The Italian Junkyard

Thoughts, ideas, criticism about cars. Interesting news and facts from the world of the automobile. Events in Italy and Modena. What you can find elsewhere, filtered through the eyes of a discerning enthusiast. Design, style, everything on the chopping block. Nobody is safe anymore.

Sunday, July 18, 2010

18.1 Modena Terra di Motori, 2010 Edition!

You can well say it’s now summer. Not only it’s quite hot out there but there are also much more automotive events. Modena is of course no exception, and even this year time came for the “Modena Terra di Motori” show. If you need a quick review of previous editions head here (TERRA DI MOTORE tag) for a summary of the 2008 and 2009 editions.

Make the jump to know more.

As you may remember, I had something to say about how the whole deal was handled, the main point being the lack of official stands from some local companies, like, you know, Ferrari. Maserati and Pagani always showcased some cars with an official booth, while the Maranello based company has been relying on local owners and dealers so far. While this meant that last year, when it rained, there only were two Ferraris in the main square, a 308 and a Mondial iirc, this year things went a bit better, with a couple of dealers bringing there something like 6 cars which never left the square. I’m still of the idea that something should be done. Ferrari may have a better opinion of itself even than what its Tifosi have, but it won’t last forever.

Follow the jump to know more thoughts and images!

If it was Pagani to skip the event, I’d sort of understand, you’re small, the new guy (hey, 11 years since the very first appearance of the Zonda C12) and you sell a very few cars each year, mostly to people who don’t need a local show to know about your super rocket. That’s even more the case for someone as big as Ferrari, everyone already knows about you, and your cars are already the dream of those who both can or can’t own one. BUT, if we consider what Ferrari can and can’t do, I’d dare to say that bringing say 10 of their cars 20 km out of the factory isn’t really a big deal. It may seem pointless, but we are talking about passion, about a car show for enthusiasts, and a love for exotic, expensive and insanely fast cars is pointless on its own.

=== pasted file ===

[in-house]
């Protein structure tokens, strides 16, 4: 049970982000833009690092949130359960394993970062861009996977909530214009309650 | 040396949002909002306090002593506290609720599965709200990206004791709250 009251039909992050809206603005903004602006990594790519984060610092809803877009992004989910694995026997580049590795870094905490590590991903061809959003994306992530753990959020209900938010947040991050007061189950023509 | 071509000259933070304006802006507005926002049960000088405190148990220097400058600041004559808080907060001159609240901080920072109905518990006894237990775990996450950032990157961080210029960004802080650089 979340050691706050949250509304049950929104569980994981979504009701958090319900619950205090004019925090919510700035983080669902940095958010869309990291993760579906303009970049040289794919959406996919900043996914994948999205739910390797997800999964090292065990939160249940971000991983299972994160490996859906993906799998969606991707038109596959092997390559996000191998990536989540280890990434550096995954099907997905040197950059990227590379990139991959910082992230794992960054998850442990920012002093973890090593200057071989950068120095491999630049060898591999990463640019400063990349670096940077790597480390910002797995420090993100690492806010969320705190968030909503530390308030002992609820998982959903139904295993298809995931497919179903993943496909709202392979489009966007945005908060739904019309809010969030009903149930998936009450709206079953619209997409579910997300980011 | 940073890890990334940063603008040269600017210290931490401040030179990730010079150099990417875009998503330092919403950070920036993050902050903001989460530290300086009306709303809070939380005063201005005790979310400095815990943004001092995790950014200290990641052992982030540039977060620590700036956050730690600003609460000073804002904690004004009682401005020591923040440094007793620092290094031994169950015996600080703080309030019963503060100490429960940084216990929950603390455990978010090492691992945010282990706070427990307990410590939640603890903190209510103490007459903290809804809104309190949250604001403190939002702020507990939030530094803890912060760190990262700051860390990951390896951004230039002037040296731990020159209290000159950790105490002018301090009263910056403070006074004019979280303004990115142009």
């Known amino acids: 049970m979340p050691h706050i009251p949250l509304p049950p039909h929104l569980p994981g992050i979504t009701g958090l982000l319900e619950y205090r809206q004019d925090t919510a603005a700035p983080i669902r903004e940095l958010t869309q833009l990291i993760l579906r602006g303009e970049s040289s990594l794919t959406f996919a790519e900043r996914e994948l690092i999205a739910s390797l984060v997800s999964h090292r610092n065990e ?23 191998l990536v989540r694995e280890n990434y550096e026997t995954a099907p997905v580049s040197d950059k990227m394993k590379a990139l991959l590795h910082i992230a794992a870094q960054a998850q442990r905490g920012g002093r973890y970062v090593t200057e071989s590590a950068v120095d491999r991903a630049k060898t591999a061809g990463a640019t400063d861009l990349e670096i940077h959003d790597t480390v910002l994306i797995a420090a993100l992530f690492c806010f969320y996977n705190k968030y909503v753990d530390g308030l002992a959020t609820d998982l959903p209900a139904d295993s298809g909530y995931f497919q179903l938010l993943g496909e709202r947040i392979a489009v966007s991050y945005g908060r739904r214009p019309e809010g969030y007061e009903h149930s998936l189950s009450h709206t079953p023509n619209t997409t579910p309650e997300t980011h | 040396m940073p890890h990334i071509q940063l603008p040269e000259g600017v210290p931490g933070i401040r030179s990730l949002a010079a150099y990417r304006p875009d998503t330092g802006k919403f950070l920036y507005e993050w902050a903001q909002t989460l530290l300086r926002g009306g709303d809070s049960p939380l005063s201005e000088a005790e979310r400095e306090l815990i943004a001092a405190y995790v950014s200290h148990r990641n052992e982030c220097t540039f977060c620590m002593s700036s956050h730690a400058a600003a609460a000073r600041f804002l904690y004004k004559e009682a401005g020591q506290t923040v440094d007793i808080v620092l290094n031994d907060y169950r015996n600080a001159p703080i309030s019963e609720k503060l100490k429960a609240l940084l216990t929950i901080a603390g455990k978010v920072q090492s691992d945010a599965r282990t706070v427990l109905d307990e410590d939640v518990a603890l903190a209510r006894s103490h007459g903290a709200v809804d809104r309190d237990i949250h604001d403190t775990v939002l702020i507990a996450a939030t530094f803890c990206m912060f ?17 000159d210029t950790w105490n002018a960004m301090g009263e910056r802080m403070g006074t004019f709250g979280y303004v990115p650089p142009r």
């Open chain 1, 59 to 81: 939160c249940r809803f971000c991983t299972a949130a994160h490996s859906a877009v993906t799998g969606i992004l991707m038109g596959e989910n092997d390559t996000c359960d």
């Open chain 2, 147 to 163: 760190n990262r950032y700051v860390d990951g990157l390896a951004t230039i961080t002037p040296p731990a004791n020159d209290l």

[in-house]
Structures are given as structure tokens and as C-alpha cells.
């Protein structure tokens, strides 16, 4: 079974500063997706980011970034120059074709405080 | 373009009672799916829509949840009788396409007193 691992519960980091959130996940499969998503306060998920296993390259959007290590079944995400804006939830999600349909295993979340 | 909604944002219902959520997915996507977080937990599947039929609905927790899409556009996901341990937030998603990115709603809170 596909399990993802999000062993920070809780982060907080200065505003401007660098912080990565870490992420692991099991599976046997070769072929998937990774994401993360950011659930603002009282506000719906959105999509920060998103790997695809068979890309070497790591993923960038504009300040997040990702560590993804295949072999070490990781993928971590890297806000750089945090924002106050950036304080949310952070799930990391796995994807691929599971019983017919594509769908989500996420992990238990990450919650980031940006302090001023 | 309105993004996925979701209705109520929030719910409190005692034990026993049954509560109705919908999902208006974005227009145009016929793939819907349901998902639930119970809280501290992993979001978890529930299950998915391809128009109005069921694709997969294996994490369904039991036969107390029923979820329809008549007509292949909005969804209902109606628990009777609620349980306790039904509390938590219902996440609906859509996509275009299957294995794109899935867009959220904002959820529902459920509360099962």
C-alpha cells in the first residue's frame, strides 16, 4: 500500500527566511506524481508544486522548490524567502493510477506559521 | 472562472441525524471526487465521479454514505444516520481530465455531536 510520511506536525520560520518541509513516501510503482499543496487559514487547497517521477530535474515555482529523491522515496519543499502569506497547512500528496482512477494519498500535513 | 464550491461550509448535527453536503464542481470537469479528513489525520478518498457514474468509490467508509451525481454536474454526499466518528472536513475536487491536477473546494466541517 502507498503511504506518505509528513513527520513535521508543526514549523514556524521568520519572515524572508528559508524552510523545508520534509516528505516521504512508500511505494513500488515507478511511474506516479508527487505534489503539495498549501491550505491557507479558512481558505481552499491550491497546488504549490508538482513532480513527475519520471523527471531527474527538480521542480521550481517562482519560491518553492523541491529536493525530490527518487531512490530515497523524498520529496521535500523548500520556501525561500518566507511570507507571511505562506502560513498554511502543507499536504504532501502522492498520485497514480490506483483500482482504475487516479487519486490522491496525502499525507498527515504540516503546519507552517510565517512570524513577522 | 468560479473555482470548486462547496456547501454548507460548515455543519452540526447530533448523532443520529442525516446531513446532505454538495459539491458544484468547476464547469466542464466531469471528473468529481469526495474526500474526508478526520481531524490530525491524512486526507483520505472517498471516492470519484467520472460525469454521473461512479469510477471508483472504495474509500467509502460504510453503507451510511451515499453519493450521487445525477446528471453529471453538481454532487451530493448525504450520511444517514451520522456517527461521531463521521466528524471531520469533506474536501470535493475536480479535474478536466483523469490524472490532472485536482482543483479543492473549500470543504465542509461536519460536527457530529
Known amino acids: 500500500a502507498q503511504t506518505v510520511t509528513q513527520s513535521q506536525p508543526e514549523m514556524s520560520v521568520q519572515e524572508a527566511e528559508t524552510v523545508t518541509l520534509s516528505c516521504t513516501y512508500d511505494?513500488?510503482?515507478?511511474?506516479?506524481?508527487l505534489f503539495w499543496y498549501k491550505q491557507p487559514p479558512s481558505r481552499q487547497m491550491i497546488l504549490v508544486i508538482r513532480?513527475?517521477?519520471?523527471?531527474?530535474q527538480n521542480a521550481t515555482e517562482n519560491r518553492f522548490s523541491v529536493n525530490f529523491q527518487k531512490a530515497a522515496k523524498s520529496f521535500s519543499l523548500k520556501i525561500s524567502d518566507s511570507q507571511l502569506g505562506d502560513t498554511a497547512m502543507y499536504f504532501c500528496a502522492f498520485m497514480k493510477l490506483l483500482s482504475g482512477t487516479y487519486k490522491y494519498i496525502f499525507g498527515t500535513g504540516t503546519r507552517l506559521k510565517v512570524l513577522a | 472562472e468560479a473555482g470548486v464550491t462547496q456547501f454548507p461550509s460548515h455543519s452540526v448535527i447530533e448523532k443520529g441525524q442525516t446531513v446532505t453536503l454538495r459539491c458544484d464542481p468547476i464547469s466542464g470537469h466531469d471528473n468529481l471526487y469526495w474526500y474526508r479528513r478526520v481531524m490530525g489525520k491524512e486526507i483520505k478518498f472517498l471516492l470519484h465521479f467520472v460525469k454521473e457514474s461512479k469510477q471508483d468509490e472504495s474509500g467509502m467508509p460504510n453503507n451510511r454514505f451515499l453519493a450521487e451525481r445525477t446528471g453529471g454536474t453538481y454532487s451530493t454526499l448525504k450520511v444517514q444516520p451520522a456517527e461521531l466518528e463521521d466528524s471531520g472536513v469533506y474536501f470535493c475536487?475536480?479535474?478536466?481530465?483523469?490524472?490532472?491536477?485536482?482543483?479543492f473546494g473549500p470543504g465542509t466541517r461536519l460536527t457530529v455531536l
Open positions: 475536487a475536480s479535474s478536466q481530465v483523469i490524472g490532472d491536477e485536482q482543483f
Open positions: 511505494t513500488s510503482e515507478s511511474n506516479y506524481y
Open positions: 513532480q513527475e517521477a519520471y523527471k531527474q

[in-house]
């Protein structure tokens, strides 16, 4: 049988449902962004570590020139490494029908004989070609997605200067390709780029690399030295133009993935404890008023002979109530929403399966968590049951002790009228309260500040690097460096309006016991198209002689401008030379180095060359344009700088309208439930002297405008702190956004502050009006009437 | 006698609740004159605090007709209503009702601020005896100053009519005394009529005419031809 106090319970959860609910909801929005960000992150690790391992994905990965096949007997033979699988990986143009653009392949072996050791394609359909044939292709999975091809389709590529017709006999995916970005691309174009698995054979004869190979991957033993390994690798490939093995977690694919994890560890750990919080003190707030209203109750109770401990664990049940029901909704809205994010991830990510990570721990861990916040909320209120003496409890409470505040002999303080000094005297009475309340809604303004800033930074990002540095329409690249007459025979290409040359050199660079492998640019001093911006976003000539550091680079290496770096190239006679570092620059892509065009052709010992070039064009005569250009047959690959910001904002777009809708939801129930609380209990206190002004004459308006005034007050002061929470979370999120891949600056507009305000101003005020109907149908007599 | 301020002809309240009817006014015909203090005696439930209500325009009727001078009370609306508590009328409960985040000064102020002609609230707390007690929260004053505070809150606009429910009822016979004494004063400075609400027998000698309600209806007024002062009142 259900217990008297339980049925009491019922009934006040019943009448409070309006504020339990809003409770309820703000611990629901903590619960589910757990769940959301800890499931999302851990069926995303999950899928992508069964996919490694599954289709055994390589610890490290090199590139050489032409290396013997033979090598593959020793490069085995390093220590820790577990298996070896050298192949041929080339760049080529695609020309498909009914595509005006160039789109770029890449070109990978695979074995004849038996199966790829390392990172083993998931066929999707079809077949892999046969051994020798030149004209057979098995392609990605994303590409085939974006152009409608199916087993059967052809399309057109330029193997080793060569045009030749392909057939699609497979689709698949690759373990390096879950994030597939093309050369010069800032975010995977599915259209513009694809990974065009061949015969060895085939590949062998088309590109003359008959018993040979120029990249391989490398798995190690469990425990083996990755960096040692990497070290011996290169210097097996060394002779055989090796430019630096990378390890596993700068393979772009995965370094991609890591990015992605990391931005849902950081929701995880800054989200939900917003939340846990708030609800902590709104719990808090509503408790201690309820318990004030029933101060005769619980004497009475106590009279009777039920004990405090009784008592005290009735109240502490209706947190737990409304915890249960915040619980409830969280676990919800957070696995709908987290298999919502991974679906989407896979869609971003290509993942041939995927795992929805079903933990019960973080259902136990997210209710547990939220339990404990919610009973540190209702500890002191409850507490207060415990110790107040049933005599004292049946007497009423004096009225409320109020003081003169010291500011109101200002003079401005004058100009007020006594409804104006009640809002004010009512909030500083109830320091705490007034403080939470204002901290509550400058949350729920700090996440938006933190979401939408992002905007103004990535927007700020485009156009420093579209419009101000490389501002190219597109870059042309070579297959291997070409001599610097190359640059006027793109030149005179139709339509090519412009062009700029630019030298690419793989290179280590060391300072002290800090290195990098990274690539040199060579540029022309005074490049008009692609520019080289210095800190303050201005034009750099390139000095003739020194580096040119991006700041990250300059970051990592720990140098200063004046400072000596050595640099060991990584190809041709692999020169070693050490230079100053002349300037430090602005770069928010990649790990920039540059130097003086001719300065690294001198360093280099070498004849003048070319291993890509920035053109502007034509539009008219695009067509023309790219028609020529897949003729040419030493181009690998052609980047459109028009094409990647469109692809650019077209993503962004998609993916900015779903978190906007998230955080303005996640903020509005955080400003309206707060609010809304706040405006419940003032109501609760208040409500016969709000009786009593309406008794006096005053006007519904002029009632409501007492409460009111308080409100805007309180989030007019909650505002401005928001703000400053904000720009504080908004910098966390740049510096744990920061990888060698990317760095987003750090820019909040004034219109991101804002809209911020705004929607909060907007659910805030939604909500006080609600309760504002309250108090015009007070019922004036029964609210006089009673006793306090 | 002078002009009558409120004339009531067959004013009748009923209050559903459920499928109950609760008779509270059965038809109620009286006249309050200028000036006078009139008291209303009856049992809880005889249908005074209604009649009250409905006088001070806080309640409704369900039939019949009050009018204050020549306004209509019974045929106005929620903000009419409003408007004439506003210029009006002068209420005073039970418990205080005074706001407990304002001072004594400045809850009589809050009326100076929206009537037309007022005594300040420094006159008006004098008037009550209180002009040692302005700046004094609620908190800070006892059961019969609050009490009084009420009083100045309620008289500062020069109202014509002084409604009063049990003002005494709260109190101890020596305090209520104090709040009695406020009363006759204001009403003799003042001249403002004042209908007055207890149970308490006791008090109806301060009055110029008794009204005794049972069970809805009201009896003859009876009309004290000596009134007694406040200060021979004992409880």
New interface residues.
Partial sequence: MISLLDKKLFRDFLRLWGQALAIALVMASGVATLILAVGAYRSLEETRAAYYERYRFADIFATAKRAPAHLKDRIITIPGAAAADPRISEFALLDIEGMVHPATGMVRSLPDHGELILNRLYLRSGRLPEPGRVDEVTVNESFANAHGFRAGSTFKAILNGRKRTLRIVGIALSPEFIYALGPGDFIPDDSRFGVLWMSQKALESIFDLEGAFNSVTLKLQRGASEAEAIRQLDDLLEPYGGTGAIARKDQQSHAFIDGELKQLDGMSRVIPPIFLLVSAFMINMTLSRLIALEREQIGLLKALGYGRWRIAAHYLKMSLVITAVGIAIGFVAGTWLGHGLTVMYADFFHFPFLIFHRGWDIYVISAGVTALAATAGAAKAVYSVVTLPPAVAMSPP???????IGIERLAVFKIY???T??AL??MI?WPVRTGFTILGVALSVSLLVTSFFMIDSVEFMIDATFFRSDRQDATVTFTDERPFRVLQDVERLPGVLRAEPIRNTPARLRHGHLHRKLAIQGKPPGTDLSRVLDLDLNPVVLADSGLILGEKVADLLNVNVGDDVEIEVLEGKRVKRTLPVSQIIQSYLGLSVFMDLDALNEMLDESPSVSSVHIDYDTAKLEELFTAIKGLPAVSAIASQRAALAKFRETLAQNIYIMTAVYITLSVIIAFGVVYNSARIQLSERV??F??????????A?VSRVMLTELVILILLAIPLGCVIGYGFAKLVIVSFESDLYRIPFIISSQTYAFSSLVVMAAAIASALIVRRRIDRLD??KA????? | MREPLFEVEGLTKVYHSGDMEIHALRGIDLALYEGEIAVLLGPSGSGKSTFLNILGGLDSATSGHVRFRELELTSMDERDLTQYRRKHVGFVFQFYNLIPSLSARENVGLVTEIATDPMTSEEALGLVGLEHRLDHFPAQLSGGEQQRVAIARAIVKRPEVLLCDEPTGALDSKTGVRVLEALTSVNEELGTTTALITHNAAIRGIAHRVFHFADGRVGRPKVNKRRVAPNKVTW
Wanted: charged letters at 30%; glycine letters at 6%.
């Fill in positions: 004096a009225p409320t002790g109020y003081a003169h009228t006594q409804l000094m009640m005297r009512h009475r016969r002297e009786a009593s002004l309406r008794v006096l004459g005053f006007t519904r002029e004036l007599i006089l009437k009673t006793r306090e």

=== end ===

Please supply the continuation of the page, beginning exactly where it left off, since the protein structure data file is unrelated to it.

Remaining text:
What I found out though may explain something. Other events take place during these days, from gathering of local clubs (Vespa’s and Lambretta’s clubs for instance) to some sort of food festival. Talking about the latter, I has been told that those bars and restaurants who decide to be involved in this small festival has to pay for it, and not a cheap fee. The justification being that this way they would be advertised. Well, Modena isn’t that big anyway, and people already know who is where, and where is the best place for a piadina or whatever you are into that evening. Even if it’s true that they get paid by customers who stop by their shops, the price is set by the organization in 15 €, which may seem not that much, but it’s quite a lot compared to what you get. So while last year many people bought the ticket and paid the money, this year the avoided being screwed and just walked in the next bar. It was a bit of a failure.
Now I’m not sure if something similar also happens with the auto show, but it would explain the lack of more official presence or some sort of disorganization. Some sort of a political decision, possibly. Still a silly excuse, but hey, who are we to judge?!

Regardless, the weather was much better this year and there were also quite some cars to see, possibly more interesting than last year even without considering what happened to the Ferraris last time around. No Lamborghinis this year unfortunately and I don’t know if it has something to do with the historical rivalry with the Prancing Horse company or just because no one bothered…. Or simply because Sant’Agata Bolognese is indeed in Bologna’s territory, not Modena. Whatever, shame on you.

Yeah, that's a Maserati 250 GT sportsbike!

What I did appreciate was a small square dedicated to the past, in general. From classic cars, bikes and bicycles to cinema, local products, pictures and so on. Every 45 minutes a short sequence from some famous Italian movie (sort of) featuring a car was reinterpreted right on the square. Nothing special but still funny.

All in all a good event, nothing special to report but it’s a good thing that this event is taking place every year. Call it tradition, or nostalgia, but if it wasn’t for cars, Modena wouldn’t be so attractive to a gear head like me…

All Pictures Copyright: Damiano Garro

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